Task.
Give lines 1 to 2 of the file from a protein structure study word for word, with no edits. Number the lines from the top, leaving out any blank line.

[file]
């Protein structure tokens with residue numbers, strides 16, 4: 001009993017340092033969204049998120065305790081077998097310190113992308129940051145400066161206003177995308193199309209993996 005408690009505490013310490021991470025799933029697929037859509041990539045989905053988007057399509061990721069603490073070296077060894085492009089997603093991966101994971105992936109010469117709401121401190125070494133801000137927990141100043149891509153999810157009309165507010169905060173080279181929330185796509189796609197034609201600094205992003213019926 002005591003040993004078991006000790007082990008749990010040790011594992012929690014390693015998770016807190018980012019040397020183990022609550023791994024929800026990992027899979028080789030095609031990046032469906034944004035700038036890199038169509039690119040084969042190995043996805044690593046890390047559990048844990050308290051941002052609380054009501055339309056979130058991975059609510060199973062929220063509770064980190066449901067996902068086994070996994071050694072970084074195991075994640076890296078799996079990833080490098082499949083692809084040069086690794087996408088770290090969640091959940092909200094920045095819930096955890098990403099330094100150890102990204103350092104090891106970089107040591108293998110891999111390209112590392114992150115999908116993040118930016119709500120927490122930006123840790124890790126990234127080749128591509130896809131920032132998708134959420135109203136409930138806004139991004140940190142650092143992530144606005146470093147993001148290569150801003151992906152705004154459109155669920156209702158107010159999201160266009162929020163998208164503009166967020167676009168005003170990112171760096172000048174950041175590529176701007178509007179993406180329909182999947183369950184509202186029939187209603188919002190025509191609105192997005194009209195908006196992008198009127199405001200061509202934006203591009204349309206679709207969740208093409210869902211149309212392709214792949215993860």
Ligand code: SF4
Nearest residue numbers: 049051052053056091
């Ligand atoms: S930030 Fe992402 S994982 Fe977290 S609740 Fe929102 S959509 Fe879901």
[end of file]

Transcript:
């Protein structure tokens with residue numbers, strides 16, 4: 001009993017340092033969204049998120065305790081077998097310190113992308129940051145400066161206003177995308193199309209993996 005408690009505490013310490021991470025799933029697929037859509041990539045989905053988007057399509061990721069603490073070296077060894085492009089997603093991966101994971105992936109010469117709401121401190125070494133801000137927990141100043149891509153999810157009309165507010169905060173080279181929330185796509189796609197034609201600094205992003213019926 002005591003040993004078991006000790007082990008749990010040790011594992012929690014390693015998770016807190018980012019040397020183990022609550023791994024929800026990992027899979028080789030095609031990046032469906034944004035700038036890199038169509039690119040084969042190995043996805044690593046890390047559990048844990050308290051941002052609380054009501055339309056979130058991975059609510060199973062929220063509770064980190066449901067996902068086994070996994071050694072970084074195991075994640076890296078799996079990833080490098082499949083692809084040069086690794087996408088770290090969640091959940092909200094920045095819930096955890098990403099330094100150890102990204103350092104090891106970089107040591108293998110891999111390209112590392114992150115999908116993040118930016119709500120927490122930006123840790124890790126990234127080749128591509130896809131920032132998708134959420135109203136409930138806004139991004140940190142650092143992530144606005146470093147993001148290569150801003151992906152705004154459109155669920156209702158107010159999201160266009162929020163998208164503009166967020167676009168005003170990112171760096172000048174950041175590529176701007178509007179993406180329909182999947183369950184509202186029939187209603188919002190025509191609105192997005194009209195908006196992008198009127199405001200061509202934006203591009204349309206679709207969740208093409210869902211149309212392709214792949215993860």
Ligand code: SF4